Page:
Under pressure from Unionists, the British cleaved-off six counties of the ancient province of Ulster, (discarding three with Catholic majorities), to ensure a Protestant-Unionist ratio of 2:1 in the new Northern Ireland.
It set the tone for the next five decades.
Unionists ran the place - their ‘wee country’ - as they saw fit, sloping the pitch in their favour. Discrimination against the Catholic minority was hardwired.
Electoral boundaries were gerrymandered, while the franchise for local councils was based on property ownership, freezing out hundreds of thousands of poorer Catholics and minimising their voting power.
Unionist-controlled councils then set their own housing allocation policies, again denying Catholics equal treatment.
Protestant employers were at liberty to discriminate against Catholics. If your surname did not give you away, where you came from certainly would.
‘All I boast,’ remarked James Craig, Northern Ireland’s first Unionist prime minister, ‘is that we are a Protestant Parliament and Protestant State.’
The civil rights movement of the late 1960s tried to reform the system. Modest demands went unmet and when campaigners protested, they were bludgeoned off the streets by the Protestant-dominated Royal Ulster Constabulary and its part-time wing, the so-called ‘B-Specials.’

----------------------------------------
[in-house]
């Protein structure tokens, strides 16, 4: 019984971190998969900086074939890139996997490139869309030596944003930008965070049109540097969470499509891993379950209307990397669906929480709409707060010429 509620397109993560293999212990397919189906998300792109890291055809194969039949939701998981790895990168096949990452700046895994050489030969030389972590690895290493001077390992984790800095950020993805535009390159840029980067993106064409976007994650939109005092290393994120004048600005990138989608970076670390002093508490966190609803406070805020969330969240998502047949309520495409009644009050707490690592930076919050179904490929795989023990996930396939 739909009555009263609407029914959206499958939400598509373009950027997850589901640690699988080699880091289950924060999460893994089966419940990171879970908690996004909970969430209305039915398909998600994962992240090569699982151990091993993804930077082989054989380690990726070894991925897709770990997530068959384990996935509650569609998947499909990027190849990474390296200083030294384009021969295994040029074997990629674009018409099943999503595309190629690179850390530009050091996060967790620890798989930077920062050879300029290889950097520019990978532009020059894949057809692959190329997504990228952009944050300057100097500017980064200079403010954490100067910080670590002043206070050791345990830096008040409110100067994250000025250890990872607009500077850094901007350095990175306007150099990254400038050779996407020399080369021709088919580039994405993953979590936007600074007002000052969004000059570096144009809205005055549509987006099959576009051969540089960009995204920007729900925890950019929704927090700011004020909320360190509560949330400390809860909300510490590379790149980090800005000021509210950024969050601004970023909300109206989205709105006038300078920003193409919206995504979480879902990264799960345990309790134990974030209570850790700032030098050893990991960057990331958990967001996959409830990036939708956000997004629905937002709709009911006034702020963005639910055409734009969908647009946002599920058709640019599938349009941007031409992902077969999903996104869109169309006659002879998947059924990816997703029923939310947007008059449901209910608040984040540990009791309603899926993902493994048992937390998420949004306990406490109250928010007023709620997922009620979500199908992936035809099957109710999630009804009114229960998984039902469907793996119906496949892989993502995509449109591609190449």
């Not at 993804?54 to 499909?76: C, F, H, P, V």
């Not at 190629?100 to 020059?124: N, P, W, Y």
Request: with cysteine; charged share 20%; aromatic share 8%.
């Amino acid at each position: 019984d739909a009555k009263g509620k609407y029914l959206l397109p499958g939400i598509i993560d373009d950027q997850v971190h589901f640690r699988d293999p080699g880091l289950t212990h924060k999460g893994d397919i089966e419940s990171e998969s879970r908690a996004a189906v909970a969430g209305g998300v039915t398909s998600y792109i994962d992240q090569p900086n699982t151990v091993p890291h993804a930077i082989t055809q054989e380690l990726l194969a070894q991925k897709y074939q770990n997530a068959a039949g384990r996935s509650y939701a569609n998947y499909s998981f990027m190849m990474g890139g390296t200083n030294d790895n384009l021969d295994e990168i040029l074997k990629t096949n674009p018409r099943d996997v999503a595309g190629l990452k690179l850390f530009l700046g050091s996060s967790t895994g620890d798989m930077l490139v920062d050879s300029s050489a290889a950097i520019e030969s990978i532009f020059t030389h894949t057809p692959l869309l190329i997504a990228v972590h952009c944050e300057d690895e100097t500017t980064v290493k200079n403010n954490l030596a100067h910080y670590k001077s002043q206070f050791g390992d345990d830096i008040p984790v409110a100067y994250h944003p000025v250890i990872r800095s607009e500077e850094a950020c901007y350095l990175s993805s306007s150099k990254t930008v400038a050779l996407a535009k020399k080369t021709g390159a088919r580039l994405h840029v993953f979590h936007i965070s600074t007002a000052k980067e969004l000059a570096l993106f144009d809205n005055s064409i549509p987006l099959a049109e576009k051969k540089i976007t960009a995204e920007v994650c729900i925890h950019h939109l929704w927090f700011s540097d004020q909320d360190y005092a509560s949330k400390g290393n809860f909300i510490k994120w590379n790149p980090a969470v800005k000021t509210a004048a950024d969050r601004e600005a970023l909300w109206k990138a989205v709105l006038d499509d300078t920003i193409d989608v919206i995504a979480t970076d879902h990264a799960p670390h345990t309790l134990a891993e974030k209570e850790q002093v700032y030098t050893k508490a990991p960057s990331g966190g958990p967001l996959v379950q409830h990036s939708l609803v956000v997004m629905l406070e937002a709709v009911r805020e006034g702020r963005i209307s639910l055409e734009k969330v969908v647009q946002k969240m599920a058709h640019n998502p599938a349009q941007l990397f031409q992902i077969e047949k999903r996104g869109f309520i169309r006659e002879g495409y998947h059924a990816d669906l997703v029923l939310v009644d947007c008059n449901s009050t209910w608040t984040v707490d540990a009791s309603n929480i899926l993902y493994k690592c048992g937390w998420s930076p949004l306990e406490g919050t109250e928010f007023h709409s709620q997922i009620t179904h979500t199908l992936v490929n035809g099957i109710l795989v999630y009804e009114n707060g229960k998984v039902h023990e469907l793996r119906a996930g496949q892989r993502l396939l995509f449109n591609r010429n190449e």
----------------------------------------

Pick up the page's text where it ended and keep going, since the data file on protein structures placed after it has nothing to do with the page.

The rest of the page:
Then came internment, with hundreds of Catholic men dragged from their homes and imprisoned in a former World War Two prisoner-of-war camp, or in an old prison ship docked in Belfast harbour.
In the days that followed, ten civilians in the Ballymurphy area of Belfast – including a mother of eight and a Catholic priest giving the Last Rites to another dying man -were shot dead by British soldiers. (Indeed, it was the same regiment, the paras, who were responsible for Bloody Sunday a few months later).
It was supposed to be a crackdown on the nascent IRA. Instead, it helped to turbo-charge a bloody campaign against British rule that would last another quarter of a century.
The history of Northern Ireland is a series of ‘what if?’ moments. Chances that were squandered and opportunities that were overlooked. A British Government both underreacting to events and overreacting to them.
Political fixes that did not hold. Bad choices that were made. So, we have the record with which we are grimly familiar: Decades of violence and suffering. Nearly 3,600 people killed, and countless others maimed.
I have attempted to highlight some of the significant events as I see them, particularly from a British perspective, exploring the missed signals, turning points, the principled decisions that should have been taken at various points (which, invariably, were not) as well as the raw realpolitik of how Northern Ireland was governed throughout its century of division.
There is unlikely to be another milestone anniversary as the prospect of a referendum on Irish unity looms into view, yet as we have seen from recent loyalist rioting about the Northern Ireland Protocol, tensions still run deep.
Yet the reasons for this remain poorly understood in Westminster, while, for the British public, Northern Ireland remains a faraway place of which we know and, frankly, care, little.
In this centenary year, I thought it was high time we did.
What A Bloody Awful Country is out now; find out more about it here.